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Avoiding Fees

In this topic, we cover:

  • Ways to minimize banking and credit card fees.
  • Ways that savings accounts can minimize or avoid banking fees.
  • How fees for some financial services can hide extreme interest rates.

Money Shredder

You'd never toss $35 down on the street and walk away, but every time you make a late credit card payment or overdraw your bank account, you could be charged that much or even more. 

To keep your charges as low as possible, make sure you understand the circumstances in which fees would be charged. For example, are you limited to a certain number of debit or ATM transactions per month? What’s the charge for using another bank's ATM machine? Are you automatically enrolled in high fee services like courtesy overdraft services? Avoidable service charges could cost hundreds of dollars per year if you're not careful.

Here are some tips to avoid banking fees: 

  • If moving to a new town and changing banks, make sure your new bank has ATMs conveniently located near your work or school. Otherwise, you could be charged a fee for simply withdrawing cash. 
  • If setting up a new account, estimate how often you'll write checks and how often you'll use your debit card. Choose an account that meets your needs to avoid transaction fees. 
  • Some banks or credit unions offer free or low-fee basic checking accounts while others offer to waive the monthly fee if you maintain a minimum balance or meet certain transaction requirements. If you can avoid a monthly account fee, you could save an average of over $100 per year.
  • Avoid bouncing checks or exceeding your account balance when using a debit card. Bank fees could be between $30 and $40 per transaction and some merchants and landlords may impose additional fees.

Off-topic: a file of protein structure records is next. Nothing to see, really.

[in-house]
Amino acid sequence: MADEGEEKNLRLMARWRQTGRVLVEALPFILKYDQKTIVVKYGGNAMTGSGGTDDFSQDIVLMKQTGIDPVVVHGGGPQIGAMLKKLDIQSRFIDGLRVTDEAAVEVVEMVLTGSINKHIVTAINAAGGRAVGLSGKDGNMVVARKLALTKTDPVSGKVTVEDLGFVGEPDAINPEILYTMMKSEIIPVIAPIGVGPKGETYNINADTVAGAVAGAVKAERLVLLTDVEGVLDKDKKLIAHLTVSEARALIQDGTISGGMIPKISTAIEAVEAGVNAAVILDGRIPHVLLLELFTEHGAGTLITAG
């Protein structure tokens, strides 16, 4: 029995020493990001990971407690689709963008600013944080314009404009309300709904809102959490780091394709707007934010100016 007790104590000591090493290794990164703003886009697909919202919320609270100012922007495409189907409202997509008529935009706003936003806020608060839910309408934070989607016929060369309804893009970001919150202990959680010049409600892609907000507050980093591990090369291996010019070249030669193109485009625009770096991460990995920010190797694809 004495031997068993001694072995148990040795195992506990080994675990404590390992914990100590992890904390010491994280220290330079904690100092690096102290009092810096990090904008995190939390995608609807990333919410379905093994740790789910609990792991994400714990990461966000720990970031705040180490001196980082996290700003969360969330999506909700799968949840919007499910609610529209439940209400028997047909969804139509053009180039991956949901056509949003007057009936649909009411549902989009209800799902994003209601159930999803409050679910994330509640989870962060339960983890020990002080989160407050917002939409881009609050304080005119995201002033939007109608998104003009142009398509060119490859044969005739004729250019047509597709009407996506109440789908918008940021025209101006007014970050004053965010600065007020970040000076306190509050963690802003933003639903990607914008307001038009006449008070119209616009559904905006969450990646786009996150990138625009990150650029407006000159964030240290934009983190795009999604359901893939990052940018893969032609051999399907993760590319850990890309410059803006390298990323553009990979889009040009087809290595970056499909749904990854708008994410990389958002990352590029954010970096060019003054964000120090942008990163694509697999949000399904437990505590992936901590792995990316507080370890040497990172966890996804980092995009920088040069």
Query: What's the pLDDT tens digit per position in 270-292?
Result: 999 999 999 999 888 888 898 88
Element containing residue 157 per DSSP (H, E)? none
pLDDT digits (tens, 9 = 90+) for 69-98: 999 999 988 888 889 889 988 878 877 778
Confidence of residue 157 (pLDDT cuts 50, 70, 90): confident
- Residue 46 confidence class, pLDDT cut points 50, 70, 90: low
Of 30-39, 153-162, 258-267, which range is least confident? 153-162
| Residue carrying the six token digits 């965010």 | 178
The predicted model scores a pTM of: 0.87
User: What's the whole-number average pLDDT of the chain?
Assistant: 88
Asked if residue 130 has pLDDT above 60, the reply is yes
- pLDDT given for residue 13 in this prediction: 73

• Explore whether your bank reduces monthly fees with direct deposit or automatic transfers to your savings account. 
  • If you will frequently be near a zero checking account balance, explore options to help you avoid overdraft fees including automatically transferring money from a savings account. 
  • Save money when reordering checks. When reordering checks, you can buy checks anywhere - not just from your bank or credit union. You may be able to save 50% or more ordering checks from a discount vendor online, but make sure to use only reputable vendors.
  • Be mindful of interest-bearing accounts if you cannot otherwise meet the conditions to avoid the monthly fee. The amount of money you would earn at today’s low interest rates is negligible. Most importantly, many interest bearing accounts have minimum balance requirements. If you dip below your required minimum just once, you could be charged more fees than you would earn in interest for a year or more.
  • Consider Direct Deposit or Automatic Transfer. If you have a job, setting up a direct paycheck deposit will reduce some fees at certain banks. Setting up automatic checking to savings deposits may also reduce fees. 

Financial institutions typically offer several checking account plans with different interest rates, fees and minimum balance requirements. When making account choices, be sure to read the fine print about transaction limits and add-on fees in light of how you'll actually be using the account. If the account doesn't match your needs, even a "free" account could be expensive after unexpected fees are added.

Fee-Based Financial Services

You’ve probably seen storefront businesses offering check cashing and quick loans.  

These so-called “alternative” financial services typically charge fees rather than interest for their services, but the end result is the same – borrowing money has a cost. The big difference is that the cost from alternative lenders is often much higher than traditional banks and credit unions.

When determining whether or not these services are a good deal, it’s very important to understand how fees translate into equivalent interest rates. Let’s compare a short-term alternative loan to borrowing on a credit card, already one of the most expensive ways most people borrow money.

Say you need to borrow $200 for one month to pay a bill. If your credit card had a 29% interest rate, charging your $200 bill and repaying it in 30 days would result in a maximum interest charge of under $5. But, if you used a fee-based service like an auto title loan or payday-type loan, you could be charged a $30 fee for each $100 borrowed. So if the fee entitled you to one month’s use of $200, the loan cost would be $260 – equivalent to an interest rate of nearly 400%!

When using any financial service that primarily charges fees rather than interest, chances are you're not getting a good deal.